Does law apply only to tangible objects: U.S. v. Carlin only case to interpret. Phone sex case under. USC 1465 "facility or means of interstate commerce."!= "any means of communication?" as judge instructed jury. Congress could have added computer, phone terms to statute, did for child porn, did not here when revised. AG had given the opinion that 1465 did not cover phone transmission. not "by private conveyance" (section the govt chose to rely on)

[prosecution denies tangible, claims Carlin was wrong]


III. Who transported it? Transfer initiated by customer. like Buying book and bringing it home. They paid for the call. Civil analog.


IV. What is the relevant community?

CA? Local police had seized, looked at, released. Not child porn.


Computer community. World? Customers of that BBS?

"the states of a legitimate interest in prohibiting dissemination or exhibition of obscene material when the mode of dissemination carries with it a significant danger of offending the sensibilities of unwilling recipients or of exposure to juveniles." Miller v CA 1973.

Community is users. So no need for laws--if violated, users go elsewhere.

EFF argues that ... No impact on the local community. Like reading a book. Can screen out children. Much better filtering.

Miller court said community standard rule might result in "some possible incidental effect on the flow of [otherwise protected] materials across state lines," acceptable because only "incidental." This is more than incidental. So District court should have weighed chilling effect against Tennessee interest--case of first impression.


V. Could they guard against?


VI. Reasons for special laws:

This is an expecially good first amendment medium--low entry barriers, interactive, ... Open to unpopular speakers--easily chilled.

Could use electronic community, or could prosecute the buyer, who affirmatively acts to bring material into his community.

Or balancing test according to how much is obscene where, and how easy to bar from particular places.

ACLU: stream of 1s and 0s en route, only became obscenity in the receiver's house. Expand Stanley v Georgia.

EMail on Thomas' network.

Scanned pictures.

Transport for purpose of sale or distribution? After sale.

Child porn frame: mailed magazines to Mr. Thomas, watched Mrs. pick up the envelope, followed her home, executed search warrant. Acquittal on child porn charges.

Jury was shown or told about lots of stuff not included in the charges. inflammatory.

Acceptance of responsibility.

Also mailed videotapes.

Misleading advertising.

Should they have used the Sable statute?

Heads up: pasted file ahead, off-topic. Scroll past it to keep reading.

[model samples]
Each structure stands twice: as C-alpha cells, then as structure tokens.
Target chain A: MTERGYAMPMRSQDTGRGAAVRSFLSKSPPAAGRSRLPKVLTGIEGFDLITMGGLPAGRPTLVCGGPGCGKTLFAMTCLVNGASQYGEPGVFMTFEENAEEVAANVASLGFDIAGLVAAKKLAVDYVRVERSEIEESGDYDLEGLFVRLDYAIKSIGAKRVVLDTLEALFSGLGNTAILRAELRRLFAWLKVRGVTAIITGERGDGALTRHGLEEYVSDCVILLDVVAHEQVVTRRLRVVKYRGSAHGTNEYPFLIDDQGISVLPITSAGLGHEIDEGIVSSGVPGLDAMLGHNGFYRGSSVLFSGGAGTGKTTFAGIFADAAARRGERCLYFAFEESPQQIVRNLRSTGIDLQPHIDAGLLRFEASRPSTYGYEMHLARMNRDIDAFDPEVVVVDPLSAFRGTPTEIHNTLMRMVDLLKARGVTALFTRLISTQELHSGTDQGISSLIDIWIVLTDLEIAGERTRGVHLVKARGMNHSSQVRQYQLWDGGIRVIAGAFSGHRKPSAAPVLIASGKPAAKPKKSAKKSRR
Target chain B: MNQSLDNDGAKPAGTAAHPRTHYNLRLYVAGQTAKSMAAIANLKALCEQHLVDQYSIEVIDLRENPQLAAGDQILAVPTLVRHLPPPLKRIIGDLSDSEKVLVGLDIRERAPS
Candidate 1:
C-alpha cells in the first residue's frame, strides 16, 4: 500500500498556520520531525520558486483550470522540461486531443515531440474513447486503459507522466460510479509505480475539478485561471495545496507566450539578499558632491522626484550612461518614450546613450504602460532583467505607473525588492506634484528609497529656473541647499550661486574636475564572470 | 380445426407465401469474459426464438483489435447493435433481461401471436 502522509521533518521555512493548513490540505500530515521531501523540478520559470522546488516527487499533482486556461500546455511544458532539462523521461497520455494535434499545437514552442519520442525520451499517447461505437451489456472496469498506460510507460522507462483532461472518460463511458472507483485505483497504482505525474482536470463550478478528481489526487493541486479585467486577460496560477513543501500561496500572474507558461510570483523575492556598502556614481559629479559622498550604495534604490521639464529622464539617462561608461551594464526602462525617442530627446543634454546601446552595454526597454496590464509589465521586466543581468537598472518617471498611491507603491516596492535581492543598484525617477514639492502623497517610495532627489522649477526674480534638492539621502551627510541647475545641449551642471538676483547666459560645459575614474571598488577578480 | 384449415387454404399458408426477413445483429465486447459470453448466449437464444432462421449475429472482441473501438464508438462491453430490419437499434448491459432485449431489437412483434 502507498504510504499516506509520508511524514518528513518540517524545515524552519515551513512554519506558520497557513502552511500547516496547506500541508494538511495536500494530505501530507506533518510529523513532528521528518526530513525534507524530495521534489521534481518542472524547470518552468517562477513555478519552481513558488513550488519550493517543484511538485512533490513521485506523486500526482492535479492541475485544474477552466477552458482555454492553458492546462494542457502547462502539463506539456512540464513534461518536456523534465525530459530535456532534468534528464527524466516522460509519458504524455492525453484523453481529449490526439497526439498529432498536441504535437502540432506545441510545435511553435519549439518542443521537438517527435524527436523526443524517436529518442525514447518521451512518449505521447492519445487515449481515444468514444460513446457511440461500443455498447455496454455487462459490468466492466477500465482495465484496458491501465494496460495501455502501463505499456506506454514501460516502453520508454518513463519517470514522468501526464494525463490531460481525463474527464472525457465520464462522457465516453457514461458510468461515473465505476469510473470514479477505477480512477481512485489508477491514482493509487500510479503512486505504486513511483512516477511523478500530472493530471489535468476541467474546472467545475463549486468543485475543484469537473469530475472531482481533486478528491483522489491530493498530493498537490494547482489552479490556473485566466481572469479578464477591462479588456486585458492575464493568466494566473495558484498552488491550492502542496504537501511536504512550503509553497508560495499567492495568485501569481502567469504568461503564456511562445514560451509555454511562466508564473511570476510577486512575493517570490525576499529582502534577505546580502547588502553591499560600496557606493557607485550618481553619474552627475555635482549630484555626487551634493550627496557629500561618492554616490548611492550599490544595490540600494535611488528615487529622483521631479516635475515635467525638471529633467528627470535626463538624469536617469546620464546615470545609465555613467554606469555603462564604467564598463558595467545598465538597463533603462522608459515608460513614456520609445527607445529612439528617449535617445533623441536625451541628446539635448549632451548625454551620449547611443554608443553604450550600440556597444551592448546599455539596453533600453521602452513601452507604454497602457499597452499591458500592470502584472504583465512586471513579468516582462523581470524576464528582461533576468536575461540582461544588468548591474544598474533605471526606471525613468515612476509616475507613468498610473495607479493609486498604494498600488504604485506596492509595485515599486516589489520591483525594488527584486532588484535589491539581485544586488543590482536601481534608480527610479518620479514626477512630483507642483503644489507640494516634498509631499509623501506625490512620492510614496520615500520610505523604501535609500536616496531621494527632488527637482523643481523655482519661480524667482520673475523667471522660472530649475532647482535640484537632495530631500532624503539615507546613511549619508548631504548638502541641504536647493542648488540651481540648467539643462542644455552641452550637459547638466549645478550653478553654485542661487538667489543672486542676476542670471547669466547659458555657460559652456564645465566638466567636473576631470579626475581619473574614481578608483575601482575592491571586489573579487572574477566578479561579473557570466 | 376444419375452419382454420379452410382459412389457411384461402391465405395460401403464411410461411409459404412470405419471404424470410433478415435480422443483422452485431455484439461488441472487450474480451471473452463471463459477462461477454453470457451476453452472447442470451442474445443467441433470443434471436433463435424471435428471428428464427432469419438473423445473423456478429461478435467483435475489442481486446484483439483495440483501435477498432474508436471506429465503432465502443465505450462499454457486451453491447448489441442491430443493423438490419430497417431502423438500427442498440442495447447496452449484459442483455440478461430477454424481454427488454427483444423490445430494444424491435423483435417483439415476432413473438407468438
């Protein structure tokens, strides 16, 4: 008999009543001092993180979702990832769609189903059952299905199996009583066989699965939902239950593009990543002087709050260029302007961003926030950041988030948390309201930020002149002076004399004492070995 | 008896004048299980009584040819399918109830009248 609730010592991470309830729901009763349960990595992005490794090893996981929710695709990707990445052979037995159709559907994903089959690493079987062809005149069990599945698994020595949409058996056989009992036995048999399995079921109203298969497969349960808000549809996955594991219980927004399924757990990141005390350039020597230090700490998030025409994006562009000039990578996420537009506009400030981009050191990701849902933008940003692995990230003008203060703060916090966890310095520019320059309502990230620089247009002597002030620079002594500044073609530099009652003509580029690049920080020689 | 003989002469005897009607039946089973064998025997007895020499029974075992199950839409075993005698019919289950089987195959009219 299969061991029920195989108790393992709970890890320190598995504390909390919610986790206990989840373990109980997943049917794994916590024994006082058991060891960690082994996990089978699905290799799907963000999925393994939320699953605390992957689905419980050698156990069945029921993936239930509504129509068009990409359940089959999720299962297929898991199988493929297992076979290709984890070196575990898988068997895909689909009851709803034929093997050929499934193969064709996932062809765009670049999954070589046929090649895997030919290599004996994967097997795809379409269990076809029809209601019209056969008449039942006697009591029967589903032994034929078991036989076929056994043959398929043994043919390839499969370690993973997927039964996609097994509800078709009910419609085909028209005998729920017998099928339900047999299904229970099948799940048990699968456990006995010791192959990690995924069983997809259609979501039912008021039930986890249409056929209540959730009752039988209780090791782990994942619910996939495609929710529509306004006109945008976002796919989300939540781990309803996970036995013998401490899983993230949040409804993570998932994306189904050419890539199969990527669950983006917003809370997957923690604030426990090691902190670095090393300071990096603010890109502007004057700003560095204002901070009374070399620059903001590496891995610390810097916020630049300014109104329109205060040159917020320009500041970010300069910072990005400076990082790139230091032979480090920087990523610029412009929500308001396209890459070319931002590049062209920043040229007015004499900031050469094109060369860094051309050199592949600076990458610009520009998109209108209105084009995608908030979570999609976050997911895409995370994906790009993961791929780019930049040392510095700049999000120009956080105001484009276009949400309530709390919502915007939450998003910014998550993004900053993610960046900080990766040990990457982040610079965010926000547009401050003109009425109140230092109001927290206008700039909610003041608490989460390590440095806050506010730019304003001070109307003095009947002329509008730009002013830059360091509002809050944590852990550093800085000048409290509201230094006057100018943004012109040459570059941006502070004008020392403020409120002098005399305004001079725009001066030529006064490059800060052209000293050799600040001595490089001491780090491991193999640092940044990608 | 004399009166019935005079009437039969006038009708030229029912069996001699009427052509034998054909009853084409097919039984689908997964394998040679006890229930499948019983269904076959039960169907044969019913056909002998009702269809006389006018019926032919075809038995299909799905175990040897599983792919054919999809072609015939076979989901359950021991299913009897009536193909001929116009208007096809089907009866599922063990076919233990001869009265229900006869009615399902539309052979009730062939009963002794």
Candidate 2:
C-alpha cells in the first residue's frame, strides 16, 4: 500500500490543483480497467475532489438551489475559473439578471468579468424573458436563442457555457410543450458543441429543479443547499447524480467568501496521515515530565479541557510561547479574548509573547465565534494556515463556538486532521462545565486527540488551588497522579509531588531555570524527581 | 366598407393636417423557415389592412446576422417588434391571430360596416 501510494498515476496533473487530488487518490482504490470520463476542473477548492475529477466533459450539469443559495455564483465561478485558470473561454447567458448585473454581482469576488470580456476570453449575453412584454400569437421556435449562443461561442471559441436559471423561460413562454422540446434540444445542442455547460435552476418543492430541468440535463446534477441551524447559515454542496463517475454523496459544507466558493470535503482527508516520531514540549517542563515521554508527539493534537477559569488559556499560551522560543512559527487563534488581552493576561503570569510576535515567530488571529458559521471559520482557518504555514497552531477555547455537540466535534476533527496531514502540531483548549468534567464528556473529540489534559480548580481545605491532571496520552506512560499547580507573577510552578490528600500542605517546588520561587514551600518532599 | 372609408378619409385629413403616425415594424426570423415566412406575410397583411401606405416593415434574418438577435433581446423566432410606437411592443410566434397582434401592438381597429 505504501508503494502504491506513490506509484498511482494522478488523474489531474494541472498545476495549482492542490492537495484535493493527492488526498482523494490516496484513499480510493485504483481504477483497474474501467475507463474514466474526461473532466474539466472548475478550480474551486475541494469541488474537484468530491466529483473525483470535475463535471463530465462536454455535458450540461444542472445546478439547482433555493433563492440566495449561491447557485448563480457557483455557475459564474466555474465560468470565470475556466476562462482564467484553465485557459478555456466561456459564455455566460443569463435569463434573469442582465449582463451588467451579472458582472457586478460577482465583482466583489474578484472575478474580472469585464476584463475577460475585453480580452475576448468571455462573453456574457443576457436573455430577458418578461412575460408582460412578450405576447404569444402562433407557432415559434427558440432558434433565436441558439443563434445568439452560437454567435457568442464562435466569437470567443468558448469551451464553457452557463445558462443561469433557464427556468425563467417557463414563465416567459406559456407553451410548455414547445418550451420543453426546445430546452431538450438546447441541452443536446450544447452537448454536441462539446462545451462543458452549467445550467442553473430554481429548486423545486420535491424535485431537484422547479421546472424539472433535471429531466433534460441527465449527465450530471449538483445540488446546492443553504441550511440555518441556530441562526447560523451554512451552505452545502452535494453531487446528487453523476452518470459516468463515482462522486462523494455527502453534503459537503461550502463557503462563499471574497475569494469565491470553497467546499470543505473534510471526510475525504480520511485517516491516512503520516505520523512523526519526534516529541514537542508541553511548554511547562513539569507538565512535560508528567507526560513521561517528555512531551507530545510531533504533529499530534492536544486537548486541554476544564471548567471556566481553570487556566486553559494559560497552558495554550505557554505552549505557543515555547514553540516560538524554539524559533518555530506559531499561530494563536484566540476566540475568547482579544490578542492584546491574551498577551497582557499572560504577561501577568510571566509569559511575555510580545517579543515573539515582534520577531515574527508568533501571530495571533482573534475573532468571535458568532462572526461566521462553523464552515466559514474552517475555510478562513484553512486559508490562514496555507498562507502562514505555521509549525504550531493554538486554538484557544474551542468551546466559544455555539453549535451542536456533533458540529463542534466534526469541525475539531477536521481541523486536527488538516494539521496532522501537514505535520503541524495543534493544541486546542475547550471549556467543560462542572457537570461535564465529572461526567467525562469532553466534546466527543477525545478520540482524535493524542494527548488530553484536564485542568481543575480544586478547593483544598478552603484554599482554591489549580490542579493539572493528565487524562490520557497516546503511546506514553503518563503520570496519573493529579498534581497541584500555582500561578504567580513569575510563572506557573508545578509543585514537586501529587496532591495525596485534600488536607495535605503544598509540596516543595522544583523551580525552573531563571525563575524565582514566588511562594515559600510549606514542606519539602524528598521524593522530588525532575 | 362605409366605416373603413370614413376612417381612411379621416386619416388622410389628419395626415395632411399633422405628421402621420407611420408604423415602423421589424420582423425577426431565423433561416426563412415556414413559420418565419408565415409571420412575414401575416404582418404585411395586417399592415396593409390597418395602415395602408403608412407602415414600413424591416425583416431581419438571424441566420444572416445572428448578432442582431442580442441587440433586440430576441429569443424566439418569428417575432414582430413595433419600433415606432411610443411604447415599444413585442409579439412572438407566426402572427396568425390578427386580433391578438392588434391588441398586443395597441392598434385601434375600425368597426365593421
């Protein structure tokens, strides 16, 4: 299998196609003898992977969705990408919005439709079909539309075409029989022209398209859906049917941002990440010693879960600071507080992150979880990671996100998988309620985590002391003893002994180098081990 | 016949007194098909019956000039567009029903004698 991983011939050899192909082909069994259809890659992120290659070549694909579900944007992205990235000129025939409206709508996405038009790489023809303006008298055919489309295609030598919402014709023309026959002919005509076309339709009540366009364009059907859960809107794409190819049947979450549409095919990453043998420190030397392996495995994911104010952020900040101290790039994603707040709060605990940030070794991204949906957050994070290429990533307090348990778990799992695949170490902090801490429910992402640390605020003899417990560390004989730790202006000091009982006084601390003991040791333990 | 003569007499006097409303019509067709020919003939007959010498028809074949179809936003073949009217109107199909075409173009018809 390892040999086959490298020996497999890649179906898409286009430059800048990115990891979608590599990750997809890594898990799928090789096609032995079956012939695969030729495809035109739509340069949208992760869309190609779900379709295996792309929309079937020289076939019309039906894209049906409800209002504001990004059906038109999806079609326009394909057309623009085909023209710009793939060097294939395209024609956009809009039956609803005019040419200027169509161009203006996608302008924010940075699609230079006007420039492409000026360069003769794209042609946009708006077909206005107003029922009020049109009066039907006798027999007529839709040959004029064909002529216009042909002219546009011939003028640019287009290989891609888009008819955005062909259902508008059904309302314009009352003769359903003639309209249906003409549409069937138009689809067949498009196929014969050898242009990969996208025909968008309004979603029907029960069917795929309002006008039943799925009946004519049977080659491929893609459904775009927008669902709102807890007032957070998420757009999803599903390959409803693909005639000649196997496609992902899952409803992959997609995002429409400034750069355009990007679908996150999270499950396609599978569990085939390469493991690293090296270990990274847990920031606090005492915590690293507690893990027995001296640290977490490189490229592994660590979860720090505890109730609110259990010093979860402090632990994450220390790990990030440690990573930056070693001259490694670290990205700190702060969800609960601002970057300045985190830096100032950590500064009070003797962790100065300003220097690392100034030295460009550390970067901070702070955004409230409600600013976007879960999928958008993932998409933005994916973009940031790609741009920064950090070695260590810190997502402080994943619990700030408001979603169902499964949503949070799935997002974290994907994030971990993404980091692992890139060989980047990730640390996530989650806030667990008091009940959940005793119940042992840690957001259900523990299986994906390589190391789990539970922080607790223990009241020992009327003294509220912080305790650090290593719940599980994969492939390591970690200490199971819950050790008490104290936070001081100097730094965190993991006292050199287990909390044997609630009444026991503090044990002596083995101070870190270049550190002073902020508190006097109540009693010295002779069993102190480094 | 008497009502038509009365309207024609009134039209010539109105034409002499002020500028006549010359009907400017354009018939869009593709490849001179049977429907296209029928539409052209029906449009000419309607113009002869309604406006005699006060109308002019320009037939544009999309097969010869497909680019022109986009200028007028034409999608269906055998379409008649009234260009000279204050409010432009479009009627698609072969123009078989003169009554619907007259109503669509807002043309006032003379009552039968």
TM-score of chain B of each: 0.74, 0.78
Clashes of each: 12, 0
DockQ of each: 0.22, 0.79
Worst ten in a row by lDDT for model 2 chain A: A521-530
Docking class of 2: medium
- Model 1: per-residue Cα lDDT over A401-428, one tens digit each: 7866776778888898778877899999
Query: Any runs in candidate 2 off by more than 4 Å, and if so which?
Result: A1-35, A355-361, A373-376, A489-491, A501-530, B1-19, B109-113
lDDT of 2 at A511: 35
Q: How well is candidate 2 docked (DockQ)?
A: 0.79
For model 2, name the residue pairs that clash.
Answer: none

Will this become irrelevant with internet from Netherlands?


I. Review of U.S. v Thomas and related stuff.

II. Odds and ends.

III. Computer Crime:

0: New stuff:

I. Review:

II. Low tech computer crime:


III. Another extortion--all tapes and backups and backups of ... Caught on payoff.


IV. Stealing services from ex-employer. Thought it was all right--they would have ...

V. Leslie Lynn Doucette. Hacker service industry.

VI. Market in Computer Crime?

VII. Check Kiting story.


VIII. Card counting? Not illegal. $10,000 materials, $390,000 labor.

Four teams, eleven people. In 22 days made $130,000. Two systems captured, FBI reported just a computer. No indictments.


VIII. How much computer crime? Total of 1000 1958-1981 tabulated. flat abt 1973. Financial>Govt>Student


VIII. Suppose you discover a hole in someone's security... Responsible you.

IX. Protecting one program from another.


I. Bank slip story.


II. How to predict the future:


III. What is already in place: How is the (computer) world different from 15-20 years ago (and most of our crime experience)?


IV. Implications for computer crime:


V. Next step: Crime in a world of strong privacy.


I. More suggestions on crimes in the new world?


II. How do you prevent these?


I. Old technology:


II. Current technology: Crime based on what is here now.


II. Farther future: Strong Privacy


I. FBI wiretap proposal:


II. Clipper II .


III. Default rule for your info: Avrahami claims it requires express consent.


IV. S. 1360: Medical Records Privacy Act


V. Net censorship opposed by CATO, ACLU, Brookings


VI. Monitoring vs spoofing: Netscape vs public key phone book.


VII. Drop-in encryption?

VIII. Rumour boards vs credible boards?


IX. Should blackmail be illegal?


Two recent academic cases


I. Cornell: http://joc.mit.edu/~joc/


II. Caltech case: Mercury.


I. Would digital signatures have solved this problem?

II. Does Jianjing have adequate motive?


III. Lessons of the case for us:


Course Summary:


I. Computer Crime.


II. Privacy


IV. Random number issue--how to choose a password.

V. Digital time stamping idea.

VI. Cornell--what makes it private/public?